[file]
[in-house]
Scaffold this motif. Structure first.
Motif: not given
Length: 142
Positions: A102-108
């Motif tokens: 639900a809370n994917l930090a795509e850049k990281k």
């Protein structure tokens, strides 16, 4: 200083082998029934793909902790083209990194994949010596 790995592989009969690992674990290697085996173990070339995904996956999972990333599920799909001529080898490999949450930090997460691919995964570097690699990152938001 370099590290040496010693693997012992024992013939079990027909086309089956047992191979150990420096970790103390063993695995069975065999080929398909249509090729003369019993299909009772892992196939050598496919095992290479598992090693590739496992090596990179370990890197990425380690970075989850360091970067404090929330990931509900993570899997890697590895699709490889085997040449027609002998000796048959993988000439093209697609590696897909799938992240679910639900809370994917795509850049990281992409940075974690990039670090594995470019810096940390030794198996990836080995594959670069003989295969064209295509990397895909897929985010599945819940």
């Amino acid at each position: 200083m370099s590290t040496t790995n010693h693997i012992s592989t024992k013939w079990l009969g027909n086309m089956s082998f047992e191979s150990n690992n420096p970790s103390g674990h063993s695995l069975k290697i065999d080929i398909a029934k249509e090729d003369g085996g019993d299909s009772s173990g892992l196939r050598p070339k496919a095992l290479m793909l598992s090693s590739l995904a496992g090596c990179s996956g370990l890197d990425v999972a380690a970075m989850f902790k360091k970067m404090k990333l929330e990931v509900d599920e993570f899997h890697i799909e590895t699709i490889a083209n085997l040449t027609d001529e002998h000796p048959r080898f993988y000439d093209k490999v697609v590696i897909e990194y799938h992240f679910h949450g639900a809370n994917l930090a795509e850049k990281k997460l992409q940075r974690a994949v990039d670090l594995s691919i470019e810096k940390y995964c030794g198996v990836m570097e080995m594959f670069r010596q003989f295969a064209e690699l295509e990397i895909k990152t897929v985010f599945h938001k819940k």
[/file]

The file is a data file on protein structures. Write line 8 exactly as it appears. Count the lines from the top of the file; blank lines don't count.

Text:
């Amino acid at each position: 200083m370099s590290t040496t790995n010693h693997i012992s592989t024992k013939w079990l009969g027909n086309m089956s082998f047992e191979s150990n690992n420096p970790s103390g674990h063993s695995l069975k290697i065999d080929i398909a029934k249509e090729d003369g085996g019993d299909s009772s173990g892992l196939r050598p070339k496919a095992l290479m793909l598992s090693s590739l995904a496992g090596c990179s996956g370990l890197d990425v999972a380690a970075m989850f902790k360091k970067m404090k990333l929330e990931v509900d599920e993570f899997h890697i799909e590895t699709i490889a083209n085997l040449t027609d001529e002998h000796p048959r080898f993988y000439d093209k490999v697609v590696i897909e990194y799938h992240f679910h949450g639900a809370n994917l930090a795509e850049k990281k997460l992409q940075r974690a994949v990039d670090l594995s691919i470019e810096k940390y995964c030794g198996v990836m570097e080995m594959f670069r010596q003989f295969a064209e690699l295509e990397i895909k990152t897929v985010f599945h938001k819940k």